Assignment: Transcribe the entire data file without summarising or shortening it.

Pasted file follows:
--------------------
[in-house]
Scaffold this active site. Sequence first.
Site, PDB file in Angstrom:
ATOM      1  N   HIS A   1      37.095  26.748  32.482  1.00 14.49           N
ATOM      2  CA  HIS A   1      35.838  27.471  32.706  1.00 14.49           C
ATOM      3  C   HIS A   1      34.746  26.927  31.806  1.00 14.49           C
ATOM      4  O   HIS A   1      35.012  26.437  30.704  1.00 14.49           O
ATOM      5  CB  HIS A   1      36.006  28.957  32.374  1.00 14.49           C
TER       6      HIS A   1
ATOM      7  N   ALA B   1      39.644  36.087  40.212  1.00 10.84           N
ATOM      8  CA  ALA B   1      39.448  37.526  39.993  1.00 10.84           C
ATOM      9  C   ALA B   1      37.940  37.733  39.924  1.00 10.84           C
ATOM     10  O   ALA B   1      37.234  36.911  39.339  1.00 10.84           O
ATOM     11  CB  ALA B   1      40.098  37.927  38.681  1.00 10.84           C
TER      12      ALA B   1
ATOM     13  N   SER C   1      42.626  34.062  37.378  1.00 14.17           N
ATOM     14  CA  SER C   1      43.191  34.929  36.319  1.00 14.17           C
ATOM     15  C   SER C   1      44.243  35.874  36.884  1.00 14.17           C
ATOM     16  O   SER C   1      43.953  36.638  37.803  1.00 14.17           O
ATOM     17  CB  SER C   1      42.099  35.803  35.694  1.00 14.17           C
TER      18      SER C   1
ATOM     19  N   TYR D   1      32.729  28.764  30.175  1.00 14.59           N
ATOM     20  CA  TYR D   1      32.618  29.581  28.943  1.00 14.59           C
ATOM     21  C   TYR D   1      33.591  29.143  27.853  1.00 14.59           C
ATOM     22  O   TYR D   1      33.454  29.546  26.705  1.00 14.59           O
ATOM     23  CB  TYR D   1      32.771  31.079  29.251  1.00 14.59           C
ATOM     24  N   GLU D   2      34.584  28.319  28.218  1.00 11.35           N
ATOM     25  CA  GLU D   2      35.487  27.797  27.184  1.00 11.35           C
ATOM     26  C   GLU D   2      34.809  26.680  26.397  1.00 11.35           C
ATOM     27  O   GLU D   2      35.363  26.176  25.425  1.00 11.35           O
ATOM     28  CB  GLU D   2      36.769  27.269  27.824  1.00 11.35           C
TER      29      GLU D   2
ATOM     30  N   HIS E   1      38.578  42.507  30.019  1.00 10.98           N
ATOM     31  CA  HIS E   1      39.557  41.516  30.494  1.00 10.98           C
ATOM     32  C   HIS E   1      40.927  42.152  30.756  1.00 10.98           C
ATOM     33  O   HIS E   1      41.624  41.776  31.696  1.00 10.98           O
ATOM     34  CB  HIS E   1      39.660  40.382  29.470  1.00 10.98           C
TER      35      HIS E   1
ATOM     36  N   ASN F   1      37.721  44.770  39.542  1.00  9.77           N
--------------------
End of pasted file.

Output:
[in-house]
Scaffold this active site. Sequence first.
Site, PDB file in Angstrom:
ATOM      1  N   HIS A   1      37.095  26.748  32.482  1.00 14.49           N
ATOM      2  CA  HIS A   1      35.838  27.471  32.706  1.00 14.49           C
ATOM      3  C   HIS A   1      34.746  26.927  31.806  1.00 14.49           C
ATOM      4  O   HIS A   1      35.012  26.437  30.704  1.00 14.49           O
ATOM      5  CB  HIS A   1      36.006  28.957  32.374  1.00 14.49           C
TER       6      HIS A   1
ATOM      7  N   ALA B   1      39.644  36.087  40.212  1.00 10.84           N
ATOM      8  CA  ALA B   1      39.448  37.526  39.993  1.00 10.84           C
ATOM      9  C   ALA B   1      37.940  37.733  39.924  1.00 10.84           C
ATOM     10  O   ALA B   1      37.234  36.911  39.339  1.00 10.84           O
ATOM     11  CB  ALA B   1      40.098  37.927  38.681  1.00 10.84           C
TER      12      ALA B   1
ATOM     13  N   SER C   1      42.626  34.062  37.378  1.00 14.17           N
ATOM     14  CA  SER C   1      43.191  34.929  36.319  1.00 14.17           C
ATOM     15  C   SER C   1      44.243  35.874  36.884  1.00 14.17           C
ATOM     16  O   SER C   1      43.953  36.638  37.803  1.00 14.17           O
ATOM     17  CB  SER C   1      42.099  35.803  35.694  1.00 14.17           C
TER      18      SER C   1
ATOM     19  N   TYR D   1      32.729  28.764  30.175  1.00 14.59           N
ATOM     20  CA  TYR D   1      32.618  29.581  28.943  1.00 14.59           C
ATOM     21  C   TYR D   1      33.591  29.143  27.853  1.00 14.59           C
ATOM     22  O   TYR D   1      33.454  29.546  26.705  1.00 14.59           O
ATOM     23  CB  TYR D   1      32.771  31.079  29.251  1.00 14.59           C
ATOM     24  N   GLU D   2      34.584  28.319  28.218  1.00 11.35           N
ATOM     25  CA  GLU D   2      35.487  27.797  27.184  1.00 11.35           C
ATOM     26  C   GLU D   2      34.809  26.680  26.397  1.00 11.35           C
ATOM     27  O   GLU D   2      35.363  26.176  25.425  1.00 11.35           O
ATOM     28  CB  GLU D   2      36.769  27.269  27.824  1.00 11.35           C
TER      29      GLU D   2
ATOM     30  N   HIS E   1      38.578  42.507  30.019  1.00 10.98           N
ATOM     31  CA  HIS E   1      39.557  41.516  30.494  1.00 10.98           C
ATOM     32  C   HIS E   1      40.927  42.152  30.756  1.00 10.98           C
ATOM     33  O   HIS E   1      41.624  41.776  31.696  1.00 10.98           O
ATOM     34  CB  HIS E   1      39.660  40.382  29.470  1.00 10.98           C
TER      35      HIS E   1
ATOM     36  N   ASN F   1      37.721  44.770  39.542  1.00  9.77           N